Tuesday, February 5, 2013

Forced abortion probed amid outrage 

Images of forced late-term abortion in Shaanxi shock China [Warning: Graphic!]

Updated: 2012-06-14 21:54
( Xinhua)

XI'AN - Authorities in Northwest China's Shaanxi province have launched an investigation into an instance of forced abortion, pledging that anyone found responsible will be punished according to relevant laws and regulations.
Feng Jianmei, 27, was forced to terminate her pregnancy at seven months in a hospital in Zhenping county on June 2. Details of the case, including several photos showing the remains of the fetus lying next to the mother on her hospital bed, were posted on online forums and have since shocked and angered many nationwide.

Feng Jianmei and her aborted baby.

"It is brutal to end a new life that will soon come into the world. It breaks my heart to see such a thing," netizen "Fen Hong Shan Hu Hai" said in a post on Sina's, the country's largest microblogging website.

Many netizens described the case as outrageous and tragic. However, it has yet to be confirmed if the photos are genuine, and the photographer has yet to be identified.

The Shaanxi Provincial Population and Family Planning Commission, which oversees the family planning work in the province, announced Thursday it has dispatched an investigatory team to Zhenping and ordered the local government to punish any officials who are found to be responsible for the forced abortion.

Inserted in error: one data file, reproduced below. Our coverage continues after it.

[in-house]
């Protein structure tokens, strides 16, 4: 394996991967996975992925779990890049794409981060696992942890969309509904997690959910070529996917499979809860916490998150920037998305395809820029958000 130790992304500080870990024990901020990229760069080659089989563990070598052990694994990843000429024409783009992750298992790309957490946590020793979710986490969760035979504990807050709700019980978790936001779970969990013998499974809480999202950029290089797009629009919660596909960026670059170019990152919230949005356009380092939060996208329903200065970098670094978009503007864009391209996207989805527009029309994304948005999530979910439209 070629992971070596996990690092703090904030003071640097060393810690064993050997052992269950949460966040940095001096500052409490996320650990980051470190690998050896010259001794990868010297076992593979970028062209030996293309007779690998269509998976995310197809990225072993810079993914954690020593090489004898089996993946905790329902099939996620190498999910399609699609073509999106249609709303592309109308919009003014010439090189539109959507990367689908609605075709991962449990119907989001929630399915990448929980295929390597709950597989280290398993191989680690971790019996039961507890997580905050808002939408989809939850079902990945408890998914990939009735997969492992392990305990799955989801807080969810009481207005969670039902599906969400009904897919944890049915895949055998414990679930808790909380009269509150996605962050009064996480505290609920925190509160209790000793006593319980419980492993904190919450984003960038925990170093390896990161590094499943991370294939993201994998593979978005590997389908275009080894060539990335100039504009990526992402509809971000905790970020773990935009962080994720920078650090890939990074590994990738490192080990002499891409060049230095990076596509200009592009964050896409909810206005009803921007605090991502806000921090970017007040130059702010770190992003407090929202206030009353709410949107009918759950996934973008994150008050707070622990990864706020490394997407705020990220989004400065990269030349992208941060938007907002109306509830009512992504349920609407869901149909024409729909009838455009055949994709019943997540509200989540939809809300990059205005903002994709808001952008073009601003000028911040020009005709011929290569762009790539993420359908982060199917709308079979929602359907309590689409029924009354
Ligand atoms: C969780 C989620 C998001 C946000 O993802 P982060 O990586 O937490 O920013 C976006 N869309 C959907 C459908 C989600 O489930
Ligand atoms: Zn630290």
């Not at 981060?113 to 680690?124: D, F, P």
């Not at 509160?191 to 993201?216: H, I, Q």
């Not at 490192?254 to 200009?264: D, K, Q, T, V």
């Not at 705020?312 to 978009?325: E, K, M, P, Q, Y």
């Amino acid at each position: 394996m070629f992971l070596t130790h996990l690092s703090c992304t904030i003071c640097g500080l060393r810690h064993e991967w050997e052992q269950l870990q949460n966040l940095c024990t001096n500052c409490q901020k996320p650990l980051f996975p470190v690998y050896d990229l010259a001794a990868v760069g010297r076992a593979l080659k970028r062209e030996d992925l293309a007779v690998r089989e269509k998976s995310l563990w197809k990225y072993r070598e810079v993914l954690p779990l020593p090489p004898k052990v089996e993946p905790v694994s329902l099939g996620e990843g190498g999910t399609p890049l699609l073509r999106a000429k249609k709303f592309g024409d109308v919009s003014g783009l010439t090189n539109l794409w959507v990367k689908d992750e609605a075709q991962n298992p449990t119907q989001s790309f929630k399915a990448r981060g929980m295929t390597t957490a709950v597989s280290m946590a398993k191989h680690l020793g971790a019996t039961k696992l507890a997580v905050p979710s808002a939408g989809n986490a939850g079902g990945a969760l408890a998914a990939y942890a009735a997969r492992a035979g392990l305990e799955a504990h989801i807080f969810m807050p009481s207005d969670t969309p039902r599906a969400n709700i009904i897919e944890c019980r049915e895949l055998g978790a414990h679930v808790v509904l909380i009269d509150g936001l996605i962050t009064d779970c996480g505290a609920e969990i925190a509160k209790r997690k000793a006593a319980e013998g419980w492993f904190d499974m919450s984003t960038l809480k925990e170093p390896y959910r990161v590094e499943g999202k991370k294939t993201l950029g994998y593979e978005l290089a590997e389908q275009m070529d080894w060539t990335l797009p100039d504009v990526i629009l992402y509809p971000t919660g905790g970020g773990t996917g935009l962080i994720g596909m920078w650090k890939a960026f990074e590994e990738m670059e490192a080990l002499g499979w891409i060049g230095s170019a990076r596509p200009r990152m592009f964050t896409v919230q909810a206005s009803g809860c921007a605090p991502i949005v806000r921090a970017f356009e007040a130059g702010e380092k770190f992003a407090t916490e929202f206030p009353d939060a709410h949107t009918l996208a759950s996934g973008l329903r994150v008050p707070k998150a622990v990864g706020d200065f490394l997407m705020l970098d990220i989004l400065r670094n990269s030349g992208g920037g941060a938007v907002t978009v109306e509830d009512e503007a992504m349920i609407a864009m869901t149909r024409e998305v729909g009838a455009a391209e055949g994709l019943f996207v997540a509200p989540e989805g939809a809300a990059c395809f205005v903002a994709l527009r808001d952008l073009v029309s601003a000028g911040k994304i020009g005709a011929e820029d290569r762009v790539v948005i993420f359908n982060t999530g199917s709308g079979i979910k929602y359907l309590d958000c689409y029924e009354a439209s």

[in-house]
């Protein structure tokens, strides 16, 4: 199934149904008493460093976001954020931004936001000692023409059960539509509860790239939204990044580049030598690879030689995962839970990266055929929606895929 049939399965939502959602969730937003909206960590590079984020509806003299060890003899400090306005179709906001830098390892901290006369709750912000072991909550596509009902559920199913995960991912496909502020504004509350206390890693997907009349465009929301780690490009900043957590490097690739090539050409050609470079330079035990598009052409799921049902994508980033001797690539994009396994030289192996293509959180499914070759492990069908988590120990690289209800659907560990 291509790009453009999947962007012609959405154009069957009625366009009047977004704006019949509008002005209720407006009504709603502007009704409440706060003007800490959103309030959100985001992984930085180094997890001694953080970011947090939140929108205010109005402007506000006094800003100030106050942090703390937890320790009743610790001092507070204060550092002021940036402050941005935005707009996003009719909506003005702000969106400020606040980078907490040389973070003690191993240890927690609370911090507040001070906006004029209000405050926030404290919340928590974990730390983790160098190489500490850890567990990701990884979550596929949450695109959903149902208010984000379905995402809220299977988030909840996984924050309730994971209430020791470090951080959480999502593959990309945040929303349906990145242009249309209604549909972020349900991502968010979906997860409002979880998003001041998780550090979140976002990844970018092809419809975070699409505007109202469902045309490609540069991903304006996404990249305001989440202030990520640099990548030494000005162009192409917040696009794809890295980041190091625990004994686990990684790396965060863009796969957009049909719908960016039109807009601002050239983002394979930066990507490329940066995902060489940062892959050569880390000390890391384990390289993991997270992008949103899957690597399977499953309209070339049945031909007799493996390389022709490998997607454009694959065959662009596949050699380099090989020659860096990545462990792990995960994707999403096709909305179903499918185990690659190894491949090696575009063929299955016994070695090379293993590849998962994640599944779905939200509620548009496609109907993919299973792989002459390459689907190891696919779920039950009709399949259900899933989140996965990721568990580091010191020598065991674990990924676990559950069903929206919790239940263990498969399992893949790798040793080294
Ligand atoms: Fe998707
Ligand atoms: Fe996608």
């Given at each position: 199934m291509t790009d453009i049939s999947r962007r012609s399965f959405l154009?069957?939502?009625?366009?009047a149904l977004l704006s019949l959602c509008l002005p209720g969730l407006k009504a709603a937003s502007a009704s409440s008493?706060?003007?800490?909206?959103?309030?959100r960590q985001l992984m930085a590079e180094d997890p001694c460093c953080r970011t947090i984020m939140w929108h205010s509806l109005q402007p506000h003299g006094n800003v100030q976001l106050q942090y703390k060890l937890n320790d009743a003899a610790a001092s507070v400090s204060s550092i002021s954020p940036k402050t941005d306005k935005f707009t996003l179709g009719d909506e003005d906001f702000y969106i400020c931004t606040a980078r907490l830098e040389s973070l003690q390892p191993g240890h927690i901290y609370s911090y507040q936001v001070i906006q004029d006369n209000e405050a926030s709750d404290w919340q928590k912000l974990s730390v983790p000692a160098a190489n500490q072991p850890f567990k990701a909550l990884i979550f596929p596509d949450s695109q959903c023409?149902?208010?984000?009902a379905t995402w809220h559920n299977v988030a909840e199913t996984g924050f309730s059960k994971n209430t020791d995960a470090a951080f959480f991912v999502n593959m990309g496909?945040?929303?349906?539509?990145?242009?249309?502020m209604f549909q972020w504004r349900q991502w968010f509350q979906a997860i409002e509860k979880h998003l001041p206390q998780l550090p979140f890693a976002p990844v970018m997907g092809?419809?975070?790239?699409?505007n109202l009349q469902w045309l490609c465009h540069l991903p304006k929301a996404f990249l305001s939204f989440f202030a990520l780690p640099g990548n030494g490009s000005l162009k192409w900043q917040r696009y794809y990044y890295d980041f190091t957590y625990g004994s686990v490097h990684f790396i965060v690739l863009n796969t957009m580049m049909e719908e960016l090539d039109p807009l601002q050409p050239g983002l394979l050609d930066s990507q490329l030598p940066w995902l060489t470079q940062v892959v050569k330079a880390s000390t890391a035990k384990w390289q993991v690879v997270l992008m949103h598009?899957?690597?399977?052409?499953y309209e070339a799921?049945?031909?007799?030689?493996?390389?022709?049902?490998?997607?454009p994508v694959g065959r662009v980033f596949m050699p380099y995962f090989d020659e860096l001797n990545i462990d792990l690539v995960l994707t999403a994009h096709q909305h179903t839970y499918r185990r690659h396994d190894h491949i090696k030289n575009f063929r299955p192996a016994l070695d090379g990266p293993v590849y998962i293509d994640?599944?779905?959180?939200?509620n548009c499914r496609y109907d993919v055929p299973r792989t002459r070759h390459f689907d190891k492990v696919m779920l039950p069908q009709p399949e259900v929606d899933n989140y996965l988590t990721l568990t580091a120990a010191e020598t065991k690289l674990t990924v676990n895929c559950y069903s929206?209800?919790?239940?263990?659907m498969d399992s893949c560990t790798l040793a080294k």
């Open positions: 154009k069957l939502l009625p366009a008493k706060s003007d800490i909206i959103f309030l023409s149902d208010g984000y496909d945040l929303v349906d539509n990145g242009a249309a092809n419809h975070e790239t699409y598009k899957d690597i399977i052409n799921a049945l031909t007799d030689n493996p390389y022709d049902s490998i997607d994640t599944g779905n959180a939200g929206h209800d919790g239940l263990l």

"What the authorities did in Zhenping represents a serious violation of national and provincial policies and regulations on population and family planning, has undermined the reputation of our work and negatively impacted society," the commission said.

The commission said most of the descriptions of Feng's case found in online posts were factual. But investigators are still looking into allegations that Feng was illegally detained before the abortion was performed.

Authorities in Zhenping said Feng consented to the abortion, adding that Feng was not legally entitled to have a second child. Feng previously gave birth to a girl in 2007.